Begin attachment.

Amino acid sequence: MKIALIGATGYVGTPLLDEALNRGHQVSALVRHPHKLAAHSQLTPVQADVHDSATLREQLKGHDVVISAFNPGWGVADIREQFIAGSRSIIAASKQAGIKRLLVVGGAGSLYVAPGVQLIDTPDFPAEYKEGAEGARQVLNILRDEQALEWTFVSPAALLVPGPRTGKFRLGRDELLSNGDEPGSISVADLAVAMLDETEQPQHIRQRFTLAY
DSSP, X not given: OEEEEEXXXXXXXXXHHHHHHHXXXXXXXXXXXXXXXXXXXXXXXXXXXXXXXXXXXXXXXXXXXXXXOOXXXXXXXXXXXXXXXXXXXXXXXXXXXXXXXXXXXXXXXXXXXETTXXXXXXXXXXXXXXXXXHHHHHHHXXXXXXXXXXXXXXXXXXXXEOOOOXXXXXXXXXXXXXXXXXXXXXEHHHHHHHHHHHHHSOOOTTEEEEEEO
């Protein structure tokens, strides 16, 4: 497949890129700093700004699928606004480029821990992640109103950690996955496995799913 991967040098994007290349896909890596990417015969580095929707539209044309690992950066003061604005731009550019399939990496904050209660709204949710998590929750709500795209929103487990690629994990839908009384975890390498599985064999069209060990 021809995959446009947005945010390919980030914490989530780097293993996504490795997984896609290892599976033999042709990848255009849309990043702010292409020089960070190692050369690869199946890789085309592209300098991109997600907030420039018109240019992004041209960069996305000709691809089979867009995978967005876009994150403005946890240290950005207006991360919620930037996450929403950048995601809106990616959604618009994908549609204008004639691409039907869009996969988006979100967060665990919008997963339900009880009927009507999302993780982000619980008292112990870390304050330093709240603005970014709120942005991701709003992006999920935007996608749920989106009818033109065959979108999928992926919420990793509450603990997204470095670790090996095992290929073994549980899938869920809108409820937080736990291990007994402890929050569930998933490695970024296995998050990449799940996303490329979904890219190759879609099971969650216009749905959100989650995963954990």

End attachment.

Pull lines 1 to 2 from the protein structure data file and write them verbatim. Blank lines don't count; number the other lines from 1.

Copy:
Amino acid sequence: MKIALIGATGYVGTPLLDEALNRGHQVSALVRHPHKLAAHSQLTPVQADVHDSATLREQLKGHDVVISAFNPGWGVADIREQFIAGSRSIIAASKQAGIKRLLVVGGAGSLYVAPGVQLIDTPDFPAEYKEGAEGARQVLNILRDEQALEWTFVSPAALLVPGPRTGKFRLGRDELLSNGDEPGSISVADLAVAMLDETEQPQHIRQRFTLAY
DSSP, X not given: OEEEEEXXXXXXXXXHHHHHHHXXXXXXXXXXXXXXXXXXXXXXXXXXXXXXXXXXXXXXXXXXXXXXOOXXXXXXXXXXXXXXXXXXXXXXXXXXXXXXXXXXXXXXXXXXXETTXXXXXXXXXXXXXXXXXHHHHHHHXXXXXXXXXXXXXXXXXXXXEOOOOXXXXXXXXXXXXXXXXXXXXXEHHHHHHHHHHHHHSOOOTTEEEEEEO